Supporting Double-Digit Growth

By Lain Ehmann

Companies don’t have to resort to voodoo or questionable accounting practices to chart great numbers. Michael Treacy, chief strategist with GEN3 Partners and author of Double Digit Growth (Portfolio, 2003), says businesses that consistently sustain high levels of growth, year-in and year-out, have several common characteristics. “Companies that grow steadily at double-digit rates have a very simple, commonsense management philosophy on how to create growth” says Treacy, in which the sales team plays an important role. The primary way to achieve stellar growth, he says, is simple: Stop shrinking.

“For many, many companies the single biggest opportunity for double-digit growth comes from doing a better job on customer retention,” says Treacy. Just look at the numbers: If your business is experiencing 15% churn yearly and wishes to record 10% growth, that means you actually have to expand 25% to net that 10% growth. But if you can hold on to the customers you have, any expansion you experience is pure gravy.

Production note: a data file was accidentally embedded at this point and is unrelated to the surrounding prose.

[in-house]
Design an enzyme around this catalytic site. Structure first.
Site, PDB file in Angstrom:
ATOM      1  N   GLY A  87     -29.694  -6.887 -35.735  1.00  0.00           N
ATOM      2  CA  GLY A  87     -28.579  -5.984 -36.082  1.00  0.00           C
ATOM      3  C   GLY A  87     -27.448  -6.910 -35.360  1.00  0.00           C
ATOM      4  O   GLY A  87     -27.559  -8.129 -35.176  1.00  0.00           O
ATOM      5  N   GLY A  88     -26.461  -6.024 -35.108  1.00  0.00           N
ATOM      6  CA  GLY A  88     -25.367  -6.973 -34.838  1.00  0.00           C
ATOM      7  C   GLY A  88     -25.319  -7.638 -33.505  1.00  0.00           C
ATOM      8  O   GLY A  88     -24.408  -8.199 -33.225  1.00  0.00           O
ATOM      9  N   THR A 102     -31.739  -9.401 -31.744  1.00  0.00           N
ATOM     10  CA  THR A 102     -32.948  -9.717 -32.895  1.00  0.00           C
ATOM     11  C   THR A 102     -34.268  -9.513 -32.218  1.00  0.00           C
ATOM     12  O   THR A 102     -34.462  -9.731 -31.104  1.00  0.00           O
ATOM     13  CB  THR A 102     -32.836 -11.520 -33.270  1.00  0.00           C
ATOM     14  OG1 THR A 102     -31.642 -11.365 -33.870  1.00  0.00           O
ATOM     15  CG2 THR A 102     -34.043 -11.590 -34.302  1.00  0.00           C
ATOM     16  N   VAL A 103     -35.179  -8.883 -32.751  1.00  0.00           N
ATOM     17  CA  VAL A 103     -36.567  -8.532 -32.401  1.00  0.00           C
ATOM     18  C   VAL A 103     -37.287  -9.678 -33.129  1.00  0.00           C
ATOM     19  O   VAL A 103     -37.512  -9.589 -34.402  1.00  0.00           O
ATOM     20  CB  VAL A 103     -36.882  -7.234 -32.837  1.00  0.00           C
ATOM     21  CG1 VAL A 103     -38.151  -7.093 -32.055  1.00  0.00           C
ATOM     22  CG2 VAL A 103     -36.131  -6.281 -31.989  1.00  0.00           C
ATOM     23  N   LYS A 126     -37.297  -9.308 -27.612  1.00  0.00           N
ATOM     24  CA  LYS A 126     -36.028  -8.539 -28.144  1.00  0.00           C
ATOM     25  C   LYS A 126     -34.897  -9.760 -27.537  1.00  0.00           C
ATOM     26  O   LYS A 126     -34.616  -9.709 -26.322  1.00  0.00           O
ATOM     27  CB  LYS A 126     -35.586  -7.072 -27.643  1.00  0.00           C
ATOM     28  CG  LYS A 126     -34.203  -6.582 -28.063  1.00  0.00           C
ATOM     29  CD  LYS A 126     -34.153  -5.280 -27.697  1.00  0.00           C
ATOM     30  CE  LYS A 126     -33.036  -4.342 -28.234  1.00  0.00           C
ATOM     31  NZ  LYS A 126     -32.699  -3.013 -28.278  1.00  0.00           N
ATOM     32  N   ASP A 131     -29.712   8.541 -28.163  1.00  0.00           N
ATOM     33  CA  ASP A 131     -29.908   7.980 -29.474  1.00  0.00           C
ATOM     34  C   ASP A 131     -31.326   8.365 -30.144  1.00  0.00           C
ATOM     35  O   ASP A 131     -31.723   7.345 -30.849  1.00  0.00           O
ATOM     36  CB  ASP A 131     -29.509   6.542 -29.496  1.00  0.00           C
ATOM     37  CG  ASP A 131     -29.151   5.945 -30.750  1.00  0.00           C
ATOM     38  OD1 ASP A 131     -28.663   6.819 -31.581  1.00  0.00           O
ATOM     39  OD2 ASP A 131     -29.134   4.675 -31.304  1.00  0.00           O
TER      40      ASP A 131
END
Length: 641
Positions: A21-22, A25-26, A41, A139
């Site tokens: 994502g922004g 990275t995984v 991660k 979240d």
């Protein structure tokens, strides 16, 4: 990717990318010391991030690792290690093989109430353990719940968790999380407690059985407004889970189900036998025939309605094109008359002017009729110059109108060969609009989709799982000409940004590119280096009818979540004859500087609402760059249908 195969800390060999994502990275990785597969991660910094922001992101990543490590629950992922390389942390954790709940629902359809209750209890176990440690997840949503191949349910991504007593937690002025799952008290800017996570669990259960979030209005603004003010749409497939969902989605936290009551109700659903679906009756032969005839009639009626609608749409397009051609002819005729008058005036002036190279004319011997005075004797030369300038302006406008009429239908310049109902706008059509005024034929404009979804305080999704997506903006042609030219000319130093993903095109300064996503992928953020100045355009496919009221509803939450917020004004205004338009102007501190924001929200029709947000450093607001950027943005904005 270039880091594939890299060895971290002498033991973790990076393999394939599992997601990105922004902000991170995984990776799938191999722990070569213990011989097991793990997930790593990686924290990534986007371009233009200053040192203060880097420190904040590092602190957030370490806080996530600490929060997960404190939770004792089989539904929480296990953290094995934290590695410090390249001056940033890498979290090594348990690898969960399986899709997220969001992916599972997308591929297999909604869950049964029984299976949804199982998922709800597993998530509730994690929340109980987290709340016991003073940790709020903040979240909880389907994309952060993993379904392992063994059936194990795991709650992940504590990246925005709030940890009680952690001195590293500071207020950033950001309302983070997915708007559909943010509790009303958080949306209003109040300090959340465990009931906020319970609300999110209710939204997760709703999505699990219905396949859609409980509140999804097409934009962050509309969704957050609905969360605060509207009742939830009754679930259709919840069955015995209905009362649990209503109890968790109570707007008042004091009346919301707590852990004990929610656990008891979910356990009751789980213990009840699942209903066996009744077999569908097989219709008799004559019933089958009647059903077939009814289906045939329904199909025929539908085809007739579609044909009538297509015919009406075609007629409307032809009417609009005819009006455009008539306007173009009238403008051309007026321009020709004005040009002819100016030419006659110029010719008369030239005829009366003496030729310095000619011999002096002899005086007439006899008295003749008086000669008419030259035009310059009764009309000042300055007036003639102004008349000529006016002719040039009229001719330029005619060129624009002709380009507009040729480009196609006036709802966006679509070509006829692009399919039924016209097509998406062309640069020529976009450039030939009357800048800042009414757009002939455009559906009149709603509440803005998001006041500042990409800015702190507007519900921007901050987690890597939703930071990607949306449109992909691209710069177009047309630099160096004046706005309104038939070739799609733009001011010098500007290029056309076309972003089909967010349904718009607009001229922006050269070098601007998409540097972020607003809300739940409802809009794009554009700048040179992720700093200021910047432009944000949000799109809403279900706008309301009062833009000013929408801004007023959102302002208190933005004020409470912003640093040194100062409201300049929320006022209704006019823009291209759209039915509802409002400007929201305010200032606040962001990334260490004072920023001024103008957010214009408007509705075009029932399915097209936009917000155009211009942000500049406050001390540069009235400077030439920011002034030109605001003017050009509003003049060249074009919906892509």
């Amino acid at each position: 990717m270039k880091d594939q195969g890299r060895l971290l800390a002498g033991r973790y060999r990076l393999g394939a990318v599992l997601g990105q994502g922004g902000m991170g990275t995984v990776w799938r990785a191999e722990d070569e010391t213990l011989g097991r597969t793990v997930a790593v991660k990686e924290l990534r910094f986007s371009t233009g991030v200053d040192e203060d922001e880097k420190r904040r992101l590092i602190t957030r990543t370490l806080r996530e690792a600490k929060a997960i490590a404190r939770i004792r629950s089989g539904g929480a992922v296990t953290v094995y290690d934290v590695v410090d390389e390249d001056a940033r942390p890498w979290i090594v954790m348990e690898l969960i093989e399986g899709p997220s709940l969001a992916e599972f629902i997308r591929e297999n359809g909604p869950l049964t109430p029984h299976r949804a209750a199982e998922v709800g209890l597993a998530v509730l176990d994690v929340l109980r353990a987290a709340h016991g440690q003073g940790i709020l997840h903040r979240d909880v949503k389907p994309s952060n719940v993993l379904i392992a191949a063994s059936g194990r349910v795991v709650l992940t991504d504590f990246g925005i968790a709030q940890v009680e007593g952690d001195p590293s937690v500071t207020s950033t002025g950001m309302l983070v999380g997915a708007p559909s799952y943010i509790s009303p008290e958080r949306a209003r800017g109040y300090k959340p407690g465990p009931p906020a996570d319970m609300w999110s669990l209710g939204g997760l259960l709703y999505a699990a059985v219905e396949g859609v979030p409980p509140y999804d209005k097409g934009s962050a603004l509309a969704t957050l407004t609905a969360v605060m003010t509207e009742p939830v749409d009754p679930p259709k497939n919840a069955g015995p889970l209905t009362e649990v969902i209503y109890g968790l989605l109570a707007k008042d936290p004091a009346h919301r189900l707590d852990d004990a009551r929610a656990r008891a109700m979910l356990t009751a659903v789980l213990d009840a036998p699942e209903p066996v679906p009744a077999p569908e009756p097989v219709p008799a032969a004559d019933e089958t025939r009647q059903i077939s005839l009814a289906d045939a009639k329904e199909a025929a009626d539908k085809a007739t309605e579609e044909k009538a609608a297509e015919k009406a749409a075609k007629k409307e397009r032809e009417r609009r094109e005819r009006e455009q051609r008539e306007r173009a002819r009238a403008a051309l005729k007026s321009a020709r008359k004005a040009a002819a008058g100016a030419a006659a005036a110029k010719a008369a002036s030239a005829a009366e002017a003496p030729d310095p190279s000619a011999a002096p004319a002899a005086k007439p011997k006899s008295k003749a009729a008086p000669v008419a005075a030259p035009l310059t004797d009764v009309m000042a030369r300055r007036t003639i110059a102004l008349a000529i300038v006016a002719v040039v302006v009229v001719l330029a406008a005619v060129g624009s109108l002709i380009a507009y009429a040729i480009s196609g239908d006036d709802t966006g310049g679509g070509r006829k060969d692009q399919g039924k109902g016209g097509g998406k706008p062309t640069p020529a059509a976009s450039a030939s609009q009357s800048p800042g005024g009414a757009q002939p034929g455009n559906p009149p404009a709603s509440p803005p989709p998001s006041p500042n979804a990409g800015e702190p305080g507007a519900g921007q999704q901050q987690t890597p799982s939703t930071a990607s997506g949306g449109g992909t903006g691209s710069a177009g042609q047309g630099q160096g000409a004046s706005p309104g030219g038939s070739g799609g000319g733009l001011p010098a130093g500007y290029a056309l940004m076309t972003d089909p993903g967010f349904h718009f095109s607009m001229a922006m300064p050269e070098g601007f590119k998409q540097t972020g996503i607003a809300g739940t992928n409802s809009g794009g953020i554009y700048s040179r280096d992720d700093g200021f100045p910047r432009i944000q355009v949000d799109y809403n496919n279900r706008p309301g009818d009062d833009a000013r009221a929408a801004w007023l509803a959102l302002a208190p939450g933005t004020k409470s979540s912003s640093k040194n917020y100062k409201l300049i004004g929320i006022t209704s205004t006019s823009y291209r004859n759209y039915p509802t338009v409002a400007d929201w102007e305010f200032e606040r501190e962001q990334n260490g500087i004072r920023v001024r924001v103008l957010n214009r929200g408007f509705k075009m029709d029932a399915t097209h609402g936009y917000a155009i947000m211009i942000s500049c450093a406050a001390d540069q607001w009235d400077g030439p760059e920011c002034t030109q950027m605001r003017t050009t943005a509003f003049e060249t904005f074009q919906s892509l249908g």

When it comes to customer retention, forget about loyalty, says Treacy. “Customers buy from you again and again for only one reason – because they feel they’re getting better value,” he explains. The secret to holding your customers, then, is to create a value proposition better than the one offered by other companies. Because you have an existing and hopefully positive relationship, says Treacy, “You’ve got the incumbent advantage.”

In terms of creating value being the incumbent puts you not just one step, but three steps ahead of the competition. First, assuming your relationship with your customers is positive and you’ve done a good job positioning yourself as a partner, you’ve earned some measure of influence over your contacts. Second, as the incumbent you enjoy an economic advantage – your customers would incur the inconvenience and transaction costs involved in changing suppliers were they to break ties with you.

The third – and most neglected – area of incumbent influence, says Treacy, is your access to deeper, more complete customer information than your competitors have. “Few companies actually collect and leverage all the information they have access to,” says Treacy. “Any sales organization can implement a system to gather information about the customer and use it to construct a better value proposition than the next guy.”

Double-digit growth comes down to the basics. Use the relationships you currently have to offer the best value to your existing customers. “It’s purely about winning a competition for better value,” says Treacy.

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